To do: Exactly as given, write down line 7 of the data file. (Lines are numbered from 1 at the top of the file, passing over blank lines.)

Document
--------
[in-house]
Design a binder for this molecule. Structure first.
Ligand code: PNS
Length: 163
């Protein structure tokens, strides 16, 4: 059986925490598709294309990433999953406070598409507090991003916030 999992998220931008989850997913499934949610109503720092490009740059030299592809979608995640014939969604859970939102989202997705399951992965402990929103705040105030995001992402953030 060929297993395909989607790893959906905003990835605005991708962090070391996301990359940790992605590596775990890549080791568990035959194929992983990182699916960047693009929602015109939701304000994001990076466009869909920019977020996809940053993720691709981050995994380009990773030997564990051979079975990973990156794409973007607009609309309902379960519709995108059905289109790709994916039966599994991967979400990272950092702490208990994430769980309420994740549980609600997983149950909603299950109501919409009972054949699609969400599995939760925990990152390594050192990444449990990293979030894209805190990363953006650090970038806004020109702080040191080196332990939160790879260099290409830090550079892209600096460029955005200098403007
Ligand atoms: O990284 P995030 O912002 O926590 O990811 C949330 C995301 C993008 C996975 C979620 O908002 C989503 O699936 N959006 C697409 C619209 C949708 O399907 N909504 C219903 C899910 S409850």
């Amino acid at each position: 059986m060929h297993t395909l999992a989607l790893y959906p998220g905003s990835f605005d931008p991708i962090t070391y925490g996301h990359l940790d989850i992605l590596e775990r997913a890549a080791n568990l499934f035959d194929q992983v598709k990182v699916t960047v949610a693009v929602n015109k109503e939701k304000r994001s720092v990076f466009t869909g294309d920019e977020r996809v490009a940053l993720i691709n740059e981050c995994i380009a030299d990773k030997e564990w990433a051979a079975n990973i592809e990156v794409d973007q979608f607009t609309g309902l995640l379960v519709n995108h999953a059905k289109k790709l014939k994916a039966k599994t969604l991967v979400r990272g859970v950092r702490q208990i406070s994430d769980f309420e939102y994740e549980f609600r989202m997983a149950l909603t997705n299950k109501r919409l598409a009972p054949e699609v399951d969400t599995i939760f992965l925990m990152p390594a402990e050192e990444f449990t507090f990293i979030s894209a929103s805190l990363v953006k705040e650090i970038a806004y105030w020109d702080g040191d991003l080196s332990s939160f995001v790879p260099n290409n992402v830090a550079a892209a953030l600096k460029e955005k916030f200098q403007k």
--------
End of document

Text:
């Amino acid at each position: 059986m060929h297993t395909l999992a989607l790893y959906p998220g905003s990835f605005d931008p991708i962090t070391y925490g996301h990359l940790d989850i992605l590596e775990r997913a890549a080791n568990l499934f035959d194929q992983v598709k990182v699916t960047v949610a693009v929602n015109k109503e939701k304000r994001s720092v990076f466009t869909g294309d920019e977020r996809v490009a940053l993720i691709n740059e981050c995994i380009a030299d990773k030997e564990w990433a051979a079975n990973i592809e990156v794409d973007q979608f607009t609309g309902l995640l379960v519709n995108h999953a059905k289109k790709l014939k994916a039966k599994t969604l991967v979400r990272g859970v950092r702490q208990i406070s994430d769980f309420e939102y994740e549980f609600r989202m997983a149950l909603t997705n299950k109501r919409l598409a009972p054949e699609v399951d969400t599995i939760f992965l925990m990152p390594a402990e050192e990444f449990t507090f990293i979030s894209a929103s805190l990363v953006k705040e650090i970038a806004y105030w020109d702080g040191d991003l080196s332990s939160f995001v790879p260099n290409n992402v830090a550079a892209a953030l600096k460029e955005k916030f200098q403007k």